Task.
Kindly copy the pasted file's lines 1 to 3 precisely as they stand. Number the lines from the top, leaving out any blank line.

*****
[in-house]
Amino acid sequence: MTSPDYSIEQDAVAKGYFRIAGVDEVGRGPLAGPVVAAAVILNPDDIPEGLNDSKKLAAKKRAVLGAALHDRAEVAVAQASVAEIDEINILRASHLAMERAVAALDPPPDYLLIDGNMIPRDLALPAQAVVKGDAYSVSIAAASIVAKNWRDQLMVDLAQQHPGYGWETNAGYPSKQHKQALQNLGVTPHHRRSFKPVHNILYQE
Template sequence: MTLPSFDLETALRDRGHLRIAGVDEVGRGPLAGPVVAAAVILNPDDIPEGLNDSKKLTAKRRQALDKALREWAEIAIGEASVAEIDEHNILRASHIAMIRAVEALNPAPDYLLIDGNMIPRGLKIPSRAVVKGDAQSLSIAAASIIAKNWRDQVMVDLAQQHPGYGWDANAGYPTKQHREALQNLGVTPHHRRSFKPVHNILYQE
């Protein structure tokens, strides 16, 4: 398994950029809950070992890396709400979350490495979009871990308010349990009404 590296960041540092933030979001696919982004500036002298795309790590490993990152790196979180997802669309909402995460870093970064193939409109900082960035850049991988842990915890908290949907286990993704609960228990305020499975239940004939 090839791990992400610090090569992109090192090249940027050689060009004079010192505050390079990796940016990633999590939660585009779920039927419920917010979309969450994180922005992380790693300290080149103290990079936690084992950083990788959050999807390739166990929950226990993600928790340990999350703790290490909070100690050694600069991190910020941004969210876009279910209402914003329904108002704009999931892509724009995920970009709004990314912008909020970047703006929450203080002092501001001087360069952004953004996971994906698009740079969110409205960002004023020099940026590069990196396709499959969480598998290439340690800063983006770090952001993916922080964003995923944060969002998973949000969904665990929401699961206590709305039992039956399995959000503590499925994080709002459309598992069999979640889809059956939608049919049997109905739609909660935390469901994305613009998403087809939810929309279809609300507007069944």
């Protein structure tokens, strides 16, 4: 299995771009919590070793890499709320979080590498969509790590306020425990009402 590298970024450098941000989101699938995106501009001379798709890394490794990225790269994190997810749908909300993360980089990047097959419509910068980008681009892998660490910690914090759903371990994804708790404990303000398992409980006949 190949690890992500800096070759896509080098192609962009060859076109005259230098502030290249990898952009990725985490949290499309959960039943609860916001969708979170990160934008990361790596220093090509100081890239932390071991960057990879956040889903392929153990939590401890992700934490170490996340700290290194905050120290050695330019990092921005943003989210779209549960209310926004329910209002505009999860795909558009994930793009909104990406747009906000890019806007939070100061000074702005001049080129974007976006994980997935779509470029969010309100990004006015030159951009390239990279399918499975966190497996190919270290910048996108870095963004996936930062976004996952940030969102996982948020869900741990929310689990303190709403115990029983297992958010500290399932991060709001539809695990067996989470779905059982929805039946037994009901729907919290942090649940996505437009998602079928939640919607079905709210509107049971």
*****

[in-house]
Amino acid sequence: MTSPDYSIEQDAVAKGYFRIAGVDEVGRGPLAGPVVAAAVILNPDDIPEGLNDSKKLAAKKRAVLGAALHDRAEVAVAQASVAEIDEINILRASHLAMERAVAALDPPPDYLLIDGNMIPRDLALPAQAVVKGDAYSVSIAAASIVAKNWRDQLMVDLAQQHPGYGWETNAGYPSKQHKQALQNLGVTPHHRRSFKPVHNILYQE
Template sequence: MTLPSFDLETALRDRGHLRIAGVDEVGRGPLAGPVVAAAVILNPDDIPEGLNDSKKLTAKRRQALDKALREWAEIAIGEASVAEIDEHNILRASHIAMIRAVEALNPAPDYLLIDGNMIPRGLKIPSRAVVKGDAQSLSIAAASIIAKNWRDQVMVDLAQQHPGYGWDANAGYPTKQHREALQNLGVTPHHRRSFKPVHNILYQE